myhrvold02.jpg
What do you call it when a company that doesn't actually make a product sues a company that does make a product, claiming that the

"/>

Intellectual Ventures, Nathan Myhrvold's Patent Trolling Firm, Adds Yet Another Lawsuit (Motorola) to the Licensing Legal Scrum

myhrvold02.jpg
What do you call it when a company that doesn't actually make a product sues a company that does make a product, claiming that the product that was made is owned by the company that didn't make it?

For former Microsoftie Nathan Myhrvold,l you call it an average weekday.

Myhrvold, as many are aware, runs Intellectual Vultures--I mean Ventures, a technology firm that specializes in acquiring patents and then hoarding them in a dark, damp cave until some company that actually makes things tries to invent a product that uses anything close to the technology being hoarded.

That's when the trap is sprung, and said company either pays IV handsomely for a license to use the technology or gets sued in court.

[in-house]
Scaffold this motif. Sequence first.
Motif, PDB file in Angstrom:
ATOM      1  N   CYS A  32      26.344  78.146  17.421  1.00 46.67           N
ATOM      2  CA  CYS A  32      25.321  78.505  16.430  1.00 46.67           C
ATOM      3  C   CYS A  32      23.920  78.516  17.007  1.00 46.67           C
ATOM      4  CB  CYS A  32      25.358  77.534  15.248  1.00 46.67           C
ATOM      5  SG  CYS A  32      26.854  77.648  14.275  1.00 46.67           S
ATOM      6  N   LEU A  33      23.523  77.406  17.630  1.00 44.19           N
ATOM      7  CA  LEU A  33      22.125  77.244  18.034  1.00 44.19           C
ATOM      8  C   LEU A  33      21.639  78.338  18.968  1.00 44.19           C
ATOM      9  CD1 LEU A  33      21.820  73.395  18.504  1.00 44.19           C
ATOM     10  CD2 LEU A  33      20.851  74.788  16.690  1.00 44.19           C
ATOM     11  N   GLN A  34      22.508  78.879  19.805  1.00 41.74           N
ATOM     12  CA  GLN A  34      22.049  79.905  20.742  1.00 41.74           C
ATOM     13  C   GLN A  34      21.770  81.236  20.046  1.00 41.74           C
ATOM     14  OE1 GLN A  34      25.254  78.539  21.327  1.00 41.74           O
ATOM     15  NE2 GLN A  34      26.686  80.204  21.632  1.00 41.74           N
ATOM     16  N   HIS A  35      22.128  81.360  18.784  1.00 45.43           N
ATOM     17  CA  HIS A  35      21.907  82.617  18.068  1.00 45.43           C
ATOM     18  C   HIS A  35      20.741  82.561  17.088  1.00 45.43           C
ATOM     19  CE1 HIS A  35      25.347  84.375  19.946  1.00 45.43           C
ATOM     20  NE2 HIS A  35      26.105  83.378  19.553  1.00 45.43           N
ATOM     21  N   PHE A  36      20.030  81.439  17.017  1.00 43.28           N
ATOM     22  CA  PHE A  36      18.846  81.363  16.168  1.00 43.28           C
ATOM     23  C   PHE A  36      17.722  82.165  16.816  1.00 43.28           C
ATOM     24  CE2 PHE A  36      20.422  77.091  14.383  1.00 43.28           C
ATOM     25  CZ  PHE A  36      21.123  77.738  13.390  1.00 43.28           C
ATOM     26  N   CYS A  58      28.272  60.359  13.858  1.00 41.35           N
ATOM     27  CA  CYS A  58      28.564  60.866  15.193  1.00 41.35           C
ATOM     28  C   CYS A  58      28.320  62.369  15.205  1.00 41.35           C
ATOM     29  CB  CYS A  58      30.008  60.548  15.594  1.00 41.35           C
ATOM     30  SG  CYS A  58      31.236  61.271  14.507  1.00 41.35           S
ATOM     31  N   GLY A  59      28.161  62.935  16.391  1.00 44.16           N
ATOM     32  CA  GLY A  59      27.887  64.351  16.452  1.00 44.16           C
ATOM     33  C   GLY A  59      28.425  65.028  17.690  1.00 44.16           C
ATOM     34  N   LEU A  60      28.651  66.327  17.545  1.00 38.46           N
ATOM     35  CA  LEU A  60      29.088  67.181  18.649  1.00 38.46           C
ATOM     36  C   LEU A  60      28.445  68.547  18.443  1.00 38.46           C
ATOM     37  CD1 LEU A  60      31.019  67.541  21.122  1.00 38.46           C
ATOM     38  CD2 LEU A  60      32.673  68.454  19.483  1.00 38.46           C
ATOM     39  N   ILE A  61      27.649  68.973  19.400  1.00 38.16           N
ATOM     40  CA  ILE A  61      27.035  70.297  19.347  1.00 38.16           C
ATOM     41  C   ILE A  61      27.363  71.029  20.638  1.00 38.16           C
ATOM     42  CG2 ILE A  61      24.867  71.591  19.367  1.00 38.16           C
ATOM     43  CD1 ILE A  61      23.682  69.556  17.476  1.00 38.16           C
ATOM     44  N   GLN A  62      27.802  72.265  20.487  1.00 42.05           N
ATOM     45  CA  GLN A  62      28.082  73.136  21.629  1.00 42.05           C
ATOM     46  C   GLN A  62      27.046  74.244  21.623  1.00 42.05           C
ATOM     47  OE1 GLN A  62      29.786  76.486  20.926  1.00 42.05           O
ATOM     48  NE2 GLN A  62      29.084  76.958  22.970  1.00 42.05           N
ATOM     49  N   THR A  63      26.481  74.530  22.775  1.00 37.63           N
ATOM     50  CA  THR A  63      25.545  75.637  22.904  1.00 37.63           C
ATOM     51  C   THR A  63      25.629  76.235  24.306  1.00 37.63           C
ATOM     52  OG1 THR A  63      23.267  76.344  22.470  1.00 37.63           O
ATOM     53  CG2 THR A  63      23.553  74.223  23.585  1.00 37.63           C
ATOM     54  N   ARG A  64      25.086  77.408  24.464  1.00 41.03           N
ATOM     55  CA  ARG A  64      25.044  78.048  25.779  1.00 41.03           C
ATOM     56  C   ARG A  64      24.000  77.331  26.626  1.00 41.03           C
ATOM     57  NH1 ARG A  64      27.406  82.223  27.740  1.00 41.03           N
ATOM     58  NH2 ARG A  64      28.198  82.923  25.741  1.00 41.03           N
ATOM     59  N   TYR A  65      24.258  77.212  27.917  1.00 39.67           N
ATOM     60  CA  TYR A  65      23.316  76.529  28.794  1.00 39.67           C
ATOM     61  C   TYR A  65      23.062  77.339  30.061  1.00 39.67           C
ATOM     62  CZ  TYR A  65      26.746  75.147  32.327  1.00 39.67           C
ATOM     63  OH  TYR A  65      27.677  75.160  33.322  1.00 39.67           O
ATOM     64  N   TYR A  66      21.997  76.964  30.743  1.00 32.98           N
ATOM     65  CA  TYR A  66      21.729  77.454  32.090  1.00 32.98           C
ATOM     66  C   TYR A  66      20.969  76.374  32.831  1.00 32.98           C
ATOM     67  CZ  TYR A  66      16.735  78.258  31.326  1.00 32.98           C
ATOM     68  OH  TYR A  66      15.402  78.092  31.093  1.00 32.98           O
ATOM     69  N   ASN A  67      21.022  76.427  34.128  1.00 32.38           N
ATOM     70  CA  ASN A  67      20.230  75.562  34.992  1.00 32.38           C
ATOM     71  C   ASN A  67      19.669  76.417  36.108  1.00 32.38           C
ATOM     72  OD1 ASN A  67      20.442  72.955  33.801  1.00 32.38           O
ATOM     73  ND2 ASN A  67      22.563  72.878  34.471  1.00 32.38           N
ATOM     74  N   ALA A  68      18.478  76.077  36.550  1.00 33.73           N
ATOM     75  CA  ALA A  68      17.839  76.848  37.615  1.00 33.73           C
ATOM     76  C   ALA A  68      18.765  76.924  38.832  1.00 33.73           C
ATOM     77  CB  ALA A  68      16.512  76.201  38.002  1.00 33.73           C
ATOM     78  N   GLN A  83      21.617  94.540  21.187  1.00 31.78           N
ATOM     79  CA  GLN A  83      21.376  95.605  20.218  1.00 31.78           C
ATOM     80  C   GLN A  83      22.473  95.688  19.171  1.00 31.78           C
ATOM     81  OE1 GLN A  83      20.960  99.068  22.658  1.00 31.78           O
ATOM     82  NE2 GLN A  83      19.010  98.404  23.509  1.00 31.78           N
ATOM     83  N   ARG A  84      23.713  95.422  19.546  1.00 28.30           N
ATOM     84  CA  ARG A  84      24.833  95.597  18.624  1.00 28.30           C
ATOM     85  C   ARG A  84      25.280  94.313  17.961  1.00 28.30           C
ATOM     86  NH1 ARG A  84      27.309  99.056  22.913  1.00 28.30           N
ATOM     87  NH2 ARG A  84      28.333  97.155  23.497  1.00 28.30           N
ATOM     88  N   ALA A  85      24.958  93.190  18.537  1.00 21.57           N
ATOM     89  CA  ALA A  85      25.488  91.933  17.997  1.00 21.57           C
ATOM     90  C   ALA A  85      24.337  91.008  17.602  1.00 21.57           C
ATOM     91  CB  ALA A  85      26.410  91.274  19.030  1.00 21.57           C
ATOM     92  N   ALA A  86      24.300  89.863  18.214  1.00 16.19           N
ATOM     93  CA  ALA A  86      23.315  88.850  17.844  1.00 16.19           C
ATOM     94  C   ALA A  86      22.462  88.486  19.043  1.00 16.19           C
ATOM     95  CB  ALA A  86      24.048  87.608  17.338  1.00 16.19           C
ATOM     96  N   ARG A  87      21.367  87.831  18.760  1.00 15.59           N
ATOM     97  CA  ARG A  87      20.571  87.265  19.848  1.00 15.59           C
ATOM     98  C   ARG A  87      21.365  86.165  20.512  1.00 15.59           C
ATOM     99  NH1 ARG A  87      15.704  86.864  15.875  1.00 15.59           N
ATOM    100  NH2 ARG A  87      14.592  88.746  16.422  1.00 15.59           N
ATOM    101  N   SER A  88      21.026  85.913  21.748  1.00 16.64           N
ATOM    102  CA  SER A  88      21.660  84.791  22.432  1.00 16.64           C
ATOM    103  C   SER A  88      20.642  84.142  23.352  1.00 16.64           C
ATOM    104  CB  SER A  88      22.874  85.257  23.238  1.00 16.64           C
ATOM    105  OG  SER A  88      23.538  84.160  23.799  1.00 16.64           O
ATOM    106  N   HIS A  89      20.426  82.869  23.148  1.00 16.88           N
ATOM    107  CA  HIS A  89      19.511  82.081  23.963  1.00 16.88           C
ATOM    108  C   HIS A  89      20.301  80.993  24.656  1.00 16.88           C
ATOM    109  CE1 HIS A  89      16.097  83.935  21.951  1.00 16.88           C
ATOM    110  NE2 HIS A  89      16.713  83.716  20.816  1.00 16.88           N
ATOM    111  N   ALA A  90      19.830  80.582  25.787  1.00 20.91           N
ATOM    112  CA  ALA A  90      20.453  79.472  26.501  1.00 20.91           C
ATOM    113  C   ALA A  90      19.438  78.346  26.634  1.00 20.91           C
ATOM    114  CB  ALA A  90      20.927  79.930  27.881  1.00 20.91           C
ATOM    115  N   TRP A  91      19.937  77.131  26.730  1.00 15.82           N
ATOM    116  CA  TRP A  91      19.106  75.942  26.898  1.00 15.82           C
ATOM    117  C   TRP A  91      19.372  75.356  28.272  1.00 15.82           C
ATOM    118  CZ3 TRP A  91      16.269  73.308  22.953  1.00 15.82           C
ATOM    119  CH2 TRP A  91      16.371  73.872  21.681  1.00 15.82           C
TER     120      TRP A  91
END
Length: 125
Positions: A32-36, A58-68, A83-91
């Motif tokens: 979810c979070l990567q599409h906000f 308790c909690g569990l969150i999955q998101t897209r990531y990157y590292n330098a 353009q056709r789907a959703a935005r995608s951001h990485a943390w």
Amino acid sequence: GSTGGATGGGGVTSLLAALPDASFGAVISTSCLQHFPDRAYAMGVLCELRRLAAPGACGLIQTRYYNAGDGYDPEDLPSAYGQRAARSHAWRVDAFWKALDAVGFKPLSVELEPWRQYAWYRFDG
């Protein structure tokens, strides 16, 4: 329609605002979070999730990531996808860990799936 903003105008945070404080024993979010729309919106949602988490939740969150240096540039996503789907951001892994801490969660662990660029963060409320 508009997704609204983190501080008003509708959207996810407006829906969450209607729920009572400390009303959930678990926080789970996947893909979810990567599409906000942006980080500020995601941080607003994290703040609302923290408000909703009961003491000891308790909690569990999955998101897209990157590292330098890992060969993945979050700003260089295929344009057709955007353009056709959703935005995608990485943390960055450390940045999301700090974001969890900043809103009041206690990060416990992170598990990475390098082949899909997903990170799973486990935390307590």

As All Things D reports today, for Motorola Mobility, it's the lawsuit treatment.

Intellectual Ventures filed suit Thursday against Motorola Mobility, saying that the company is infringing on its patents and refuses to take a license to its technology.

. . . "Intellectual Ventures has successfully signed licensing agreements with many of the top handset manufacturers in the world, and has been in discussions with Motorola Mobility for some time," Chief Litigation Counsel Melissa Finocchio [lol] said in a statement. "Unfortunately, we have been unable to reach agreement on a license."

D notes Oracle v. Google, Apple v. HTC, and Microsoft v. Barnes & Noble as just a few examples of the never-ending patent wars that are dominating the tech world's legal dockets right now.

But IV alone can (and likely will) clog up a civil court system for years with its list of lawsuits.

Here's a screengrab of the current list of civil suits launched by Intellectual Ventures in only the last two years.

Intellectual ventures suits01.jpg

Follow The Daily Weekly on Facebook and Twitter.

 
comments powered by Disqus

Friends to Follow